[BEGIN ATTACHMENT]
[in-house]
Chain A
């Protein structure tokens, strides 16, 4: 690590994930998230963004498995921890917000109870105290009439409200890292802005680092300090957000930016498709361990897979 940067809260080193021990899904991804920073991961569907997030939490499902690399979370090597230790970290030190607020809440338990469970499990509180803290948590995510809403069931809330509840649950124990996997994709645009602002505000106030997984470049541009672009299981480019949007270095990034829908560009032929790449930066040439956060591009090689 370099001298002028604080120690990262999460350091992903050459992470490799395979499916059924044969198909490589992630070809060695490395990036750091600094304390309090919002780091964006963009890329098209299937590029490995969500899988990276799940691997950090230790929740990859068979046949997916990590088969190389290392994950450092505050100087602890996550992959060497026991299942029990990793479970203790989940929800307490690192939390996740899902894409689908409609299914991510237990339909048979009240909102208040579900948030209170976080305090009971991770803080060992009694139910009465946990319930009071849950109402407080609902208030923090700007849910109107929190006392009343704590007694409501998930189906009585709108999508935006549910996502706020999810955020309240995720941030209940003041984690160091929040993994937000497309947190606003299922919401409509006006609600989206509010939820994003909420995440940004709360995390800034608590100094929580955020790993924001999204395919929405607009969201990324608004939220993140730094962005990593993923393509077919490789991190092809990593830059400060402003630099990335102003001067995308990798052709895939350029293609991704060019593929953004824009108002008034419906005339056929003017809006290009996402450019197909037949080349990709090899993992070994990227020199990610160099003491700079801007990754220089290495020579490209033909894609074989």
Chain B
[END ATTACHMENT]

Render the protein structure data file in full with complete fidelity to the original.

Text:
[in-house]
Chain A
């Protein structure tokens, strides 16, 4: 690590994930998230963004498995921890917000109870105290009439409200890292802005680092300090957000930016498709361990897979 940067809260080193021990899904991804920073991961569907997030939490499902690399979370090597230790970290030190607020809440338990469970499990509180803290948590995510809403069931809330509840649950124990996997994709645009602002505000106030997984470049541009672009299981480019949007270095990034829908560009032929790449930066040439956060591009090689 370099001298002028604080120690990262999460350091992903050459992470490799395979499916059924044969198909490589992630070809060695490395990036750091600094304390309090919002780091964006963009890329098209299937590029490995969500899988990276799940691997950090230790929740990859068979046949997916990590088969190389290392994950450092505050100087602890996550992959060497026991299942029990990793479970203790989940929800307490690192939390996740899902894409689908409609299914991510237990339909048979009240909102208040579900948030209170976080305090009971991770803080060992009694139910009465946990319930009071849950109402407080609902208030923090700007849910109107929190006392009343704590007694409501998930189906009585709108999508935006549910996502706020999810955020309240995720941030209940003041984690160091929040993994937000497309947190606003299922919401409509006006609600989206509010939820994003909420995440940004709360995390800034608590100094929580955020790993924001999204395919929405607009969201990324608004939220993140730094962005990593993923393509077919490789991190092809990593830059400060402003630099990335102003001067995308990798052709895939350029293609991704060019593929953004824009108002008034419906005339056929003017809006290009996402450019197909037949080349990709090899993992070994990227020199990610160099003491700079801007990754220089290495020579490209033909894609074989």
Chain B